Trump’s planned UN cuts to affect NA’s wider deploymentThe plan of US President Donald Trump to significantly cut down the funding for the United Nations Peacekeeping operations is likely to affect the Nepal Army’s ambitious plan to double its presence in various war-hit countries across the globe.
The plan of US President Donald Trump to significantly cut down the funding for the United Nations Peacekeeping operations is likely to affect the Nepal Army’s ambitious plan to double its presence in various war-hit countries across the globe.
The United States, which extends the highest support to the UN both in the regular and peacekeeping expenses, is preparing to cut the peacekeeping budget by $1 billion, nearly half of what it funded last year.
The US contributes 22 percent of UN’s regular budget and 29 percent of its peacekeeping funds. Last year the administration of Barrack Obama contributed $594 million to the regular budget and $2.3 billion out of the total need of around $8 billion for peacekeeping.
Nepal Army, which is the sixth largest troops contributor to the UN Peacekeeping mission, is working to double its presence from 4,400 at present to make it the fifth largest force deployed under the UN. Security experts claim that the NA’s plan to double its troops in the missions will be a tough task if the plan of the White House on budget cuts gets approval from the US Congress. “The move will affect the entire peacekeeping process of the UN, not just the Nepal Army,” said security expert Geja Sharma Wagle, adding that the move will have both short-and long-term effects in the peacekeeping missions in war-hit countries.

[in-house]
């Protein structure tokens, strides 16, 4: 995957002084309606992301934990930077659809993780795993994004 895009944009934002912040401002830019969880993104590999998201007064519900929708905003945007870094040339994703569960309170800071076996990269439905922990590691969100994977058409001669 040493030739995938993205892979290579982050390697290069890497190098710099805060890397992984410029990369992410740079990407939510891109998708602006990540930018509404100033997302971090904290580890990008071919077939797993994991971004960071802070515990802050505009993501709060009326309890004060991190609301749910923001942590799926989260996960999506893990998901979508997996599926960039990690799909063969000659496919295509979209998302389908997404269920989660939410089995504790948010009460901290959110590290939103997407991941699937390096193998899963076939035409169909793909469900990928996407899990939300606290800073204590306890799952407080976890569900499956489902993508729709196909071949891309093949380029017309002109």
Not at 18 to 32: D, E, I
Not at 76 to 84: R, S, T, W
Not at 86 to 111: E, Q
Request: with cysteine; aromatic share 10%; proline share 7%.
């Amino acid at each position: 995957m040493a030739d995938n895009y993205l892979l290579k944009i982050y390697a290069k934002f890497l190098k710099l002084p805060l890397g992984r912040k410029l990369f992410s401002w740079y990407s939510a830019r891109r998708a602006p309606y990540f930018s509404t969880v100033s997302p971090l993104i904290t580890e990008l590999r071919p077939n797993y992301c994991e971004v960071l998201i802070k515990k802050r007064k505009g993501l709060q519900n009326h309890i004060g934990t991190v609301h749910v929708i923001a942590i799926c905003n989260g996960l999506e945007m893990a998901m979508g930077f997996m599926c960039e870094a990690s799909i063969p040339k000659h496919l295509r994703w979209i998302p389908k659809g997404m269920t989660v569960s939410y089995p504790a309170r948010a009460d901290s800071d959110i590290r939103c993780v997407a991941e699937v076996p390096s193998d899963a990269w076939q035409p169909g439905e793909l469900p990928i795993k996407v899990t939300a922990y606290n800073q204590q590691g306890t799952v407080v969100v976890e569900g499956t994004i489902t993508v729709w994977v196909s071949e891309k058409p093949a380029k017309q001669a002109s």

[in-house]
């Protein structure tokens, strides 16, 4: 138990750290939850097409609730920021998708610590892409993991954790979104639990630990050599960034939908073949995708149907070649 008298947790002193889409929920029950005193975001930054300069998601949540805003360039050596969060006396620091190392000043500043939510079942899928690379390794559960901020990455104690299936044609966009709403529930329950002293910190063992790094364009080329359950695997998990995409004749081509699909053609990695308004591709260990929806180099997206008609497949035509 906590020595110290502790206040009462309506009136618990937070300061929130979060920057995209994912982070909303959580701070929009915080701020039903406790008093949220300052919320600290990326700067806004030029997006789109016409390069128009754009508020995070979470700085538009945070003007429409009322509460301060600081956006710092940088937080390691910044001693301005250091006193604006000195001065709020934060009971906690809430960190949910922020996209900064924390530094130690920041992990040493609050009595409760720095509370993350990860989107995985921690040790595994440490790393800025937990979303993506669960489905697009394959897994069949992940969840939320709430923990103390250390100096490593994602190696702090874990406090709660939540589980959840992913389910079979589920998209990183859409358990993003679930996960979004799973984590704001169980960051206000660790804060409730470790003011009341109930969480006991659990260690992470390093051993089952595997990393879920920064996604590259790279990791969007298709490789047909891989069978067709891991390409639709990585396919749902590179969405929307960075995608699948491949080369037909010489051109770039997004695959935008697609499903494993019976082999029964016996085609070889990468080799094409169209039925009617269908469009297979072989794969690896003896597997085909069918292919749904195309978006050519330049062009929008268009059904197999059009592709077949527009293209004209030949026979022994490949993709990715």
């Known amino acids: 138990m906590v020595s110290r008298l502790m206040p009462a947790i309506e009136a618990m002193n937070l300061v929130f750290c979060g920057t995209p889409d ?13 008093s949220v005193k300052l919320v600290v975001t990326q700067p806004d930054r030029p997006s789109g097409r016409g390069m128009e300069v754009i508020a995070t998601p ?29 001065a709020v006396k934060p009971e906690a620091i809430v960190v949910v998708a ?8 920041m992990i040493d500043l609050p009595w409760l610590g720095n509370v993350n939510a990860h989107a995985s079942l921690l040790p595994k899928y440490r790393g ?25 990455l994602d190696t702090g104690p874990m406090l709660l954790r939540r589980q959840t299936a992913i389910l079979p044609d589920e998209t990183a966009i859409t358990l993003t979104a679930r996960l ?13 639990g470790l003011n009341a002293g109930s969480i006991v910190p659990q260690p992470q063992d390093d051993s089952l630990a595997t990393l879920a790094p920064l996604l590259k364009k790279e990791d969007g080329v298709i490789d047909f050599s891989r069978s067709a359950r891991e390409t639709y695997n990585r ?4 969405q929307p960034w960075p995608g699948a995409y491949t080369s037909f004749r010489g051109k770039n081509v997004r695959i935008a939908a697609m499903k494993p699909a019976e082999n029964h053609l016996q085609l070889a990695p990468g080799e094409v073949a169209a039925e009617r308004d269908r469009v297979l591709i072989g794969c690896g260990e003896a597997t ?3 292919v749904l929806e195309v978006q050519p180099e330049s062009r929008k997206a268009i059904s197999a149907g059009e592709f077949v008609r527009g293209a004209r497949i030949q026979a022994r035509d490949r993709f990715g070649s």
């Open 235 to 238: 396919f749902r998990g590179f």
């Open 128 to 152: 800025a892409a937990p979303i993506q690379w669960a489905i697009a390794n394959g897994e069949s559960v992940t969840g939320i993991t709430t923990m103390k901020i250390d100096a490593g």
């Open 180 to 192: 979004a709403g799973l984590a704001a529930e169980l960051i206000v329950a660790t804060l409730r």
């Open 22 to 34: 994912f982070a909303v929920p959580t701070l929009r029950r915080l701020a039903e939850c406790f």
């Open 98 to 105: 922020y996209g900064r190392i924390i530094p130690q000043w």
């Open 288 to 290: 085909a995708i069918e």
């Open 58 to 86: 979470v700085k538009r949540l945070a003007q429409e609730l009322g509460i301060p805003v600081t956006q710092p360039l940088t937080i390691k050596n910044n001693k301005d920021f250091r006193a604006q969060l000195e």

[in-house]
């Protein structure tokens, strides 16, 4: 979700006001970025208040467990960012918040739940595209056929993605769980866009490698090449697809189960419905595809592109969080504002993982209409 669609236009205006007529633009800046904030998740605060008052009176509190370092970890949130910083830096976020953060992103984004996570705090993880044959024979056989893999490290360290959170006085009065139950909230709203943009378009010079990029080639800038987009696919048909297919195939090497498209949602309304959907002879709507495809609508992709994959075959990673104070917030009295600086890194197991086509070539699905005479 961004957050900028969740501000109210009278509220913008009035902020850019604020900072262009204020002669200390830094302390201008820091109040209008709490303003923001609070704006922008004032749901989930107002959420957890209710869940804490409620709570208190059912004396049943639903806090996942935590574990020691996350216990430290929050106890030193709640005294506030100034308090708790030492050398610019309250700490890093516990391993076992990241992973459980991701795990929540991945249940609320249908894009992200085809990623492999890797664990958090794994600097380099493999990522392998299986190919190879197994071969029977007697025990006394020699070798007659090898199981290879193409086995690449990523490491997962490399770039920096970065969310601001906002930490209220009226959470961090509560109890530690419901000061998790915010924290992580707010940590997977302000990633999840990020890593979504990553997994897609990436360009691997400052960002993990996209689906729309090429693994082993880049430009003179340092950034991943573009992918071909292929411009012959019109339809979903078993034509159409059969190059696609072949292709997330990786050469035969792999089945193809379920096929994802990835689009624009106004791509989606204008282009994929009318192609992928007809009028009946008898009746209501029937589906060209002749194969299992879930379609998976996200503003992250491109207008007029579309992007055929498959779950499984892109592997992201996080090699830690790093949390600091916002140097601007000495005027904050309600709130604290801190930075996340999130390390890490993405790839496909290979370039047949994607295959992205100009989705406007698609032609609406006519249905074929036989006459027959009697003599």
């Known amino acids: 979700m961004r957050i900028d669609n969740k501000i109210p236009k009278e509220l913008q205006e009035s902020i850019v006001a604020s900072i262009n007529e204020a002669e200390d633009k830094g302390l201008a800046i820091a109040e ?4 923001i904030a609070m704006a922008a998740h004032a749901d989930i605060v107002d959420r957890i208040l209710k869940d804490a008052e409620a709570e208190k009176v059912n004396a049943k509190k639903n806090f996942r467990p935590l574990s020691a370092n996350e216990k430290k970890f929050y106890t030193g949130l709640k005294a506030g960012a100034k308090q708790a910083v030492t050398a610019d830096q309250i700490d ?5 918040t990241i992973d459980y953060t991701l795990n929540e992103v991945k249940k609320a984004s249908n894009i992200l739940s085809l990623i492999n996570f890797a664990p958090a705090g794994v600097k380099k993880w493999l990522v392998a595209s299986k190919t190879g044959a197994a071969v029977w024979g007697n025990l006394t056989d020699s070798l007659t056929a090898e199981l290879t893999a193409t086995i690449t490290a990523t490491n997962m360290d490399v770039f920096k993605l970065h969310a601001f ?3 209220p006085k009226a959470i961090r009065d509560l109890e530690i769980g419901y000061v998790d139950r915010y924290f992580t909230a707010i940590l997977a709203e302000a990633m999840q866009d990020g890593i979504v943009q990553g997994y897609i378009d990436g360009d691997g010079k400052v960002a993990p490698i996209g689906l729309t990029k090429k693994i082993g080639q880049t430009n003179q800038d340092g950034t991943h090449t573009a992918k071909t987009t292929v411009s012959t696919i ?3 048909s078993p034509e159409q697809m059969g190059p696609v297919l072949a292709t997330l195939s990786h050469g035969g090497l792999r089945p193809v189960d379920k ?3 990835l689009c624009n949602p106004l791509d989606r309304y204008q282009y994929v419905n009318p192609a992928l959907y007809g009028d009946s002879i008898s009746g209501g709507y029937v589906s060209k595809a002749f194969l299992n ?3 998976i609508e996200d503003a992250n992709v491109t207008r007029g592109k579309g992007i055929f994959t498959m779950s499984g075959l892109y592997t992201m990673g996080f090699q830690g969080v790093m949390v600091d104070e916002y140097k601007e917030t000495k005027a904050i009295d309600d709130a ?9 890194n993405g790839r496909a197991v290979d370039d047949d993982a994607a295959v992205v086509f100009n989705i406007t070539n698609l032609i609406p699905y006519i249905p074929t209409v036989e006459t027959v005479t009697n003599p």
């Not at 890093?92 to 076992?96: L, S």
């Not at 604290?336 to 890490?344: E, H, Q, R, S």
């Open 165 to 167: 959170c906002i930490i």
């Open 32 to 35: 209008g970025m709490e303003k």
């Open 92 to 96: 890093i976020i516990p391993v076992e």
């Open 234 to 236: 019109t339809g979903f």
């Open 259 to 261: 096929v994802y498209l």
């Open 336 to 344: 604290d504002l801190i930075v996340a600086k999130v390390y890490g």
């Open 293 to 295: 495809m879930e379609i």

As many as 116 nations are deploying their forces for peacekeeping at present with Nepal trailing only after Bangladesh, Ethiopia, India, Pakistan and Rwanda. NA soldiers are currently serving on 15 different UN missions in Lebanon, Haiti, South Sudan and Congo, among the 16 nations where the UN has deployed multinational armies.
After getting positive signs from the UN and the Nepal government, the national defence force is working to generate resources and train its troops for an increased deployment. The NA needs an estimated Rs7 billion to acquire an adequate number of weapons and mechanised equipment for the engineering squad and even helicopters for an increased numbers of blue helmets.
Army officials, however, claim that the US decision will not affect its plan to double its peacekeeping presence. “The UN will seek alternative sources for the budget,” said Col Ramnath Dhungana, the NA’s assistant spokesperson. The UN provides $1,332 monthly to each soldier deployed on the missions, paying over Rs7.1 billion annually to the NA officials in total. The tenure of a peacekeeper has been extended to one year from six months.